FYI, the state has had curriculum standards in place for years. This sounds like a publicity spin for the state in an attempt to make it seem like they are doing something to improve the state of education. In the past, when they've done things like this, it appeared on paper and in publicity releases but the state also needed to properly fund the plan to make it work. (you need more textbooks, instructional materials and teachers) Well, you know how that worked out. As it stands, with even less money in the state treasury, I HOPE they can make it work this time, but personally, I'm skeptical.
Facts aka Campaign Manager October 23, 2011 at 10:12 PM
Publicity spin? Um, BK if you are considered a columnist on Patch, I'm considered a blogger and Hazel is considered a journalist, it is fair to say that all readers should be skeptical...why? Well, we should all try to take these media sources (you, myself and hazel) as just different stories which reflect only ONE side of an issue. Regarding this strory? All parents like myself should dig deeper with GUSD, the CA board of Education and others because this will impact my kids as they won't graduate GHS until 2016 and 2017. So, yes, please be skeptical but I assure you this report is not just a publicity stunt. Sure, Hazel and others create stories off of press releases and other sources but here im confident we merely have Dr.Voors sharing of progress in our schools because CHANGE is a comin! And I don't mean just the school board election. That being said, the majority of your postings are boring. Sorry.
AB October 25, 2011 at 07:40 PM
I can see why you might think it's a publicity spin, but as a teacher who relies on the California State Standards every day in order to make lesson plans, I can assure you, it is not. The article would have been more comprehensive had it included the website for the California Standards for Education (http://www.cde.ca.gov/be/st/ss/documents/elacontentstnds.pdf) and then the Common Core ones ( http://www.corestandards.org/assets/CCSSI_ELA%20Standards.pdf) so readers can make the comparisons themselves. As they did not, here is a sample from each, so you can see the differences. They are in the area of Language Arts (Reading) for third graders. Here are the California standards: Comprehension and Analysis of Grade-Level-Appropriate Text 2.2 Ask questions and support answers by connecting prior knowledge with literal information found in, and inferred from, the text. 2.3 Demonstrate comprehension by identifying answers in the text. 2.4 Recall major points in the text and make and modify predictions about forthcoming information. 2.5 Distinguish the main idea and supporting details in expository text. 2.6 Extract appropriate and significant information from the text, including problems and solutions. And here are the Common Core standards: Key Ideas and Details 1. Ask and answer questions to demonstrate understanding of a text, referring explicitly to the text as the basis for the answers.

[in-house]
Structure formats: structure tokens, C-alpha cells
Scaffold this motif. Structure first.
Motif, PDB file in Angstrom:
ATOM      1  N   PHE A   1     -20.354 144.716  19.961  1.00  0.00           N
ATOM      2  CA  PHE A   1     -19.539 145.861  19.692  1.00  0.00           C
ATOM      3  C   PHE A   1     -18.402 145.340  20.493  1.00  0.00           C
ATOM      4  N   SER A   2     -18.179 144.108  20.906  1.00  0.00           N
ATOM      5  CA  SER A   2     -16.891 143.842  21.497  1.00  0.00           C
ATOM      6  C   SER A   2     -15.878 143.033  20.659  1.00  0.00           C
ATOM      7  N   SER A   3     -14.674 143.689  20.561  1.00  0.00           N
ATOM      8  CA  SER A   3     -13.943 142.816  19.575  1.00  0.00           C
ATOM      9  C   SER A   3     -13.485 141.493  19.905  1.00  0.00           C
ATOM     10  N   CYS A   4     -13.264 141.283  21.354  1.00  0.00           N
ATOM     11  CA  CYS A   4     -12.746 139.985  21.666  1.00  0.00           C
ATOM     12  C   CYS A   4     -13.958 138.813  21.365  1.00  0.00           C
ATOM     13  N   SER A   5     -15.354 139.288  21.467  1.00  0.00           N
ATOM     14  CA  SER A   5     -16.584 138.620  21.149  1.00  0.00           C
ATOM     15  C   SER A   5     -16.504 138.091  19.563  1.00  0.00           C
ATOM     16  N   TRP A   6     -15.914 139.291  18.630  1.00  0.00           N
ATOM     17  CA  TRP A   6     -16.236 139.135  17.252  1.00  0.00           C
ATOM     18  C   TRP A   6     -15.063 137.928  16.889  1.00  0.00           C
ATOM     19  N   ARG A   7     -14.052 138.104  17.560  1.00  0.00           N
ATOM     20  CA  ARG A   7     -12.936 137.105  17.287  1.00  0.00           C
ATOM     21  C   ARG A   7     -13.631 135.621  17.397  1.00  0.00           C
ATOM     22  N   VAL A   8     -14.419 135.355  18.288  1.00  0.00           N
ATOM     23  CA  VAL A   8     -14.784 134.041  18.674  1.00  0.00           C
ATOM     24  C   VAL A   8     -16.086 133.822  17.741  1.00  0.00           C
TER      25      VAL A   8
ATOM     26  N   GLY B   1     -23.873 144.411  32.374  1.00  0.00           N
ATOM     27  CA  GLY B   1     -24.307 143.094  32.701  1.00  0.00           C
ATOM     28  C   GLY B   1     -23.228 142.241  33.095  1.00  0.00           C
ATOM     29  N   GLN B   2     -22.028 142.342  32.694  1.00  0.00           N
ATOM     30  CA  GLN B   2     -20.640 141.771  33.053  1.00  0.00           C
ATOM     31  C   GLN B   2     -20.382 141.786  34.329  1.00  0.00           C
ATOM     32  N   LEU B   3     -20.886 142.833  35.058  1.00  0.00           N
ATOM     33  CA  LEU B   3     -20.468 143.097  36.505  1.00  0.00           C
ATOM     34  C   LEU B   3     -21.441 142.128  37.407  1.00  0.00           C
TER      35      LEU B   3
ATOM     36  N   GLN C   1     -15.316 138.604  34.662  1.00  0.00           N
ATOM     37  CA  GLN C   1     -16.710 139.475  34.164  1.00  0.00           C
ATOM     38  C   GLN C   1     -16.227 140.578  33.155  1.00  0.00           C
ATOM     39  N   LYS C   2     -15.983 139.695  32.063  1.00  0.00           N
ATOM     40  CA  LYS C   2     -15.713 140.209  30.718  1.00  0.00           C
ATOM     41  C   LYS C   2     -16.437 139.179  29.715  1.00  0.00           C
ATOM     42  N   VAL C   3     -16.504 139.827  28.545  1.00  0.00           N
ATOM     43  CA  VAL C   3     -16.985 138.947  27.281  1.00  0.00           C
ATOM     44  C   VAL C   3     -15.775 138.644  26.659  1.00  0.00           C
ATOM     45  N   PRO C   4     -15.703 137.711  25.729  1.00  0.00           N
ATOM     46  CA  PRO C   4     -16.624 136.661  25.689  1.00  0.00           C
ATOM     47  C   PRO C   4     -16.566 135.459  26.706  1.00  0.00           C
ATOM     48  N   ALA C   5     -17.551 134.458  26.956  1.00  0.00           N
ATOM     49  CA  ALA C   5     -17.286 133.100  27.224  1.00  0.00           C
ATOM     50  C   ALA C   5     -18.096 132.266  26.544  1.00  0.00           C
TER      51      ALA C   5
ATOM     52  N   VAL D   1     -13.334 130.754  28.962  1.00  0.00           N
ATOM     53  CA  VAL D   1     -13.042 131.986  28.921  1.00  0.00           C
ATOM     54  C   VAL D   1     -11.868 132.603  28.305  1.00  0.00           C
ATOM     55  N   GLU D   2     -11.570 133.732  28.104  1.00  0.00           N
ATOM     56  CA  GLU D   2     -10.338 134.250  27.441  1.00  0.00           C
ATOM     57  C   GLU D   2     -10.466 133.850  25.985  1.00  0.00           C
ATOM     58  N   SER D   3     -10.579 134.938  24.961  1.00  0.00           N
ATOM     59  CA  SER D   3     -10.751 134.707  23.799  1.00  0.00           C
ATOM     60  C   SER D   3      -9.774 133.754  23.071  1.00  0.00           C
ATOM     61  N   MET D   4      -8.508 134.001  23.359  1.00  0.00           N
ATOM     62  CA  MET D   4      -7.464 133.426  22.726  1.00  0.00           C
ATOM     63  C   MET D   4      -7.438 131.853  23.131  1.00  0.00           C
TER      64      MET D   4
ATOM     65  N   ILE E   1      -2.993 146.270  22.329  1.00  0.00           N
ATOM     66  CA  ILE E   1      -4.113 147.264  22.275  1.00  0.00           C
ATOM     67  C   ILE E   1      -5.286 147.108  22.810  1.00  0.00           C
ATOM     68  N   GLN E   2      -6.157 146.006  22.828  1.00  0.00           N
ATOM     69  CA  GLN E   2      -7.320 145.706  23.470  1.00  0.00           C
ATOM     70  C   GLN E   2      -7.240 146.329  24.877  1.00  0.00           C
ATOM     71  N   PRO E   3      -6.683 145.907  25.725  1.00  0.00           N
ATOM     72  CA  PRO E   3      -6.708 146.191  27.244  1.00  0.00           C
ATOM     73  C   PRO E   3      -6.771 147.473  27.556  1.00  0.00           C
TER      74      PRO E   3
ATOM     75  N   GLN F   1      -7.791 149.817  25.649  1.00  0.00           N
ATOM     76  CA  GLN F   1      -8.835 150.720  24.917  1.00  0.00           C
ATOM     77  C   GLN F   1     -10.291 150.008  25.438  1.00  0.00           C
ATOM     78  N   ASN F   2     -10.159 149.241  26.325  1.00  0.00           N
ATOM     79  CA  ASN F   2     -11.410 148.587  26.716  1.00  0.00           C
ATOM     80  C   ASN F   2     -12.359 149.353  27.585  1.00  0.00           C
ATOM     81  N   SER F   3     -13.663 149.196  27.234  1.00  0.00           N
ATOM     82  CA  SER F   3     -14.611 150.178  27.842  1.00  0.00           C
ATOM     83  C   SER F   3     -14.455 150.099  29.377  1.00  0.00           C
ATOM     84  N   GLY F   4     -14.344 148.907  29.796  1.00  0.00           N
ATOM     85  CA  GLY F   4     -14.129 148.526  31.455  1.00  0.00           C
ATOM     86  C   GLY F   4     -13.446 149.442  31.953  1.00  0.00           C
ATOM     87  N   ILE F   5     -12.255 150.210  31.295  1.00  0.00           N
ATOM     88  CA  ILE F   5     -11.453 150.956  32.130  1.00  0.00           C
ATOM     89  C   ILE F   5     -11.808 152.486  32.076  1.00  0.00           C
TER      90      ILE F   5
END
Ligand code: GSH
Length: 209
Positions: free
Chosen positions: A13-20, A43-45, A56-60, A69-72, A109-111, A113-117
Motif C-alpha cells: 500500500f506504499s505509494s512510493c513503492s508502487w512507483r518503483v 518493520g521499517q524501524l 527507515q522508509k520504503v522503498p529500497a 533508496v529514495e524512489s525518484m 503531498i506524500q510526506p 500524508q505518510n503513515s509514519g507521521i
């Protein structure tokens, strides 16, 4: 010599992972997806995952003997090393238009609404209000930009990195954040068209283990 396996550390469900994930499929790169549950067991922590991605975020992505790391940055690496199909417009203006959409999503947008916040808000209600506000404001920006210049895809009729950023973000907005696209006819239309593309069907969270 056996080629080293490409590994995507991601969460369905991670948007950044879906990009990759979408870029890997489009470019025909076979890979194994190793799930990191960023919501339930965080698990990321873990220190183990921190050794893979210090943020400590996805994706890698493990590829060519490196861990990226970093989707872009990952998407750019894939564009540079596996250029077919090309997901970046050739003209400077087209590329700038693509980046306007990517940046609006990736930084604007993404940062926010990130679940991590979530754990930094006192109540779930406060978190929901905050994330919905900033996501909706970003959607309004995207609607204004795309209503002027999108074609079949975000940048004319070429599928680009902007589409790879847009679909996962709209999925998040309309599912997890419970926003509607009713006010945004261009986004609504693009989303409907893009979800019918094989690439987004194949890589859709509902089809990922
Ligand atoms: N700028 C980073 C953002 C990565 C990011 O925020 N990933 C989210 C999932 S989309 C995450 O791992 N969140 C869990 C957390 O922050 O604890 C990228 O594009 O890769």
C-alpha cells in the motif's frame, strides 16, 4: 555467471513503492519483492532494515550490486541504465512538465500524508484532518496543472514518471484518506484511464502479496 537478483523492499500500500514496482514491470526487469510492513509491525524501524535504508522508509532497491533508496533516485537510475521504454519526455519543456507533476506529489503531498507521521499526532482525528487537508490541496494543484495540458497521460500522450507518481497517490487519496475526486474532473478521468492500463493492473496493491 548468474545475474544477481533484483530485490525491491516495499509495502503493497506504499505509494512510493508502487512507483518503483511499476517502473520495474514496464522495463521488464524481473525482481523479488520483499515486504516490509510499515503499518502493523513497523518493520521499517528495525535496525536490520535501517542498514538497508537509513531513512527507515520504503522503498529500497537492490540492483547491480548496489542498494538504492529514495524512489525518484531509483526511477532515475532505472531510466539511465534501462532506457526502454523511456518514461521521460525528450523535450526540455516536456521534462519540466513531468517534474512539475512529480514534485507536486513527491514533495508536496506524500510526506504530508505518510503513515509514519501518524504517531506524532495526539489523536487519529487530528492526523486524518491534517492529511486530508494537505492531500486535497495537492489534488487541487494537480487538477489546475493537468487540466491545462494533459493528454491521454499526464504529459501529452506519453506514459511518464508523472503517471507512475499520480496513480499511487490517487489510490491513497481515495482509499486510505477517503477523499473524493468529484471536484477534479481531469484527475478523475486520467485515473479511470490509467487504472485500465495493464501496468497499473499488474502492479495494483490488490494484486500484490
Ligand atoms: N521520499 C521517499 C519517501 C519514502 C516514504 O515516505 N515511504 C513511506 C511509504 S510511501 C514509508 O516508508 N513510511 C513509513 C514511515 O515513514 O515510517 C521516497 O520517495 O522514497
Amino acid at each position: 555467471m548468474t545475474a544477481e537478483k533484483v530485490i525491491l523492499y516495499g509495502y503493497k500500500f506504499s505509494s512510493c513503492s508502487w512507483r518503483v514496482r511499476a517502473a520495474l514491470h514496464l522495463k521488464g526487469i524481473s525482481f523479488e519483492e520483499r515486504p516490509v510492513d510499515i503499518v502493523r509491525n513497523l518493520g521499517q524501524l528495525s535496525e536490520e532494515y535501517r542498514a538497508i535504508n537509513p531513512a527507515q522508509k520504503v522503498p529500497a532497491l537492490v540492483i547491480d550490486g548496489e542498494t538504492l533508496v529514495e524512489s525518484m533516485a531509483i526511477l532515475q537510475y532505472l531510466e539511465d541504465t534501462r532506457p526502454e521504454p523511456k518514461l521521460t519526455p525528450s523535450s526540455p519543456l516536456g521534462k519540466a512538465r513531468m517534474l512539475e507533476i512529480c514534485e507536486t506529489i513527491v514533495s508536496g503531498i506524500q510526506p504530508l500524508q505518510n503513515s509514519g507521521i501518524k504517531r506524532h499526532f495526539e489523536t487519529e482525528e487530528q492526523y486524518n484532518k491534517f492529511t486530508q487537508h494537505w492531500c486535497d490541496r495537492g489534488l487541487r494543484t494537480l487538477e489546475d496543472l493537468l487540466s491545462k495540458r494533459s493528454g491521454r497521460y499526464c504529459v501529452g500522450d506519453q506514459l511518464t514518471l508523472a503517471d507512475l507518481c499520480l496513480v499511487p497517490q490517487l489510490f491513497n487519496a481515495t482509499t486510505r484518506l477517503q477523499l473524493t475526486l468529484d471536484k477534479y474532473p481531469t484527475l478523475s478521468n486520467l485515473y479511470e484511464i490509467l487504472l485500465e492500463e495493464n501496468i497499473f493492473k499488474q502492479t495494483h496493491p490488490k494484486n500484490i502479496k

MellowMaverick October 25, 2011 at 09:10 PM
Thanks for the additional info, AB. Implementation of any standard takes patience and skill and my kudos to the teachers today. I had plenty of standards to follow when I taught and that was hard enough. So much more is expected now. And what many people don't understand about teaching is that not all students master standards at the same rate. Working at varying rates, speeds and with different measures of success requires true dedication, which is yet another reason I admire the work teachers do.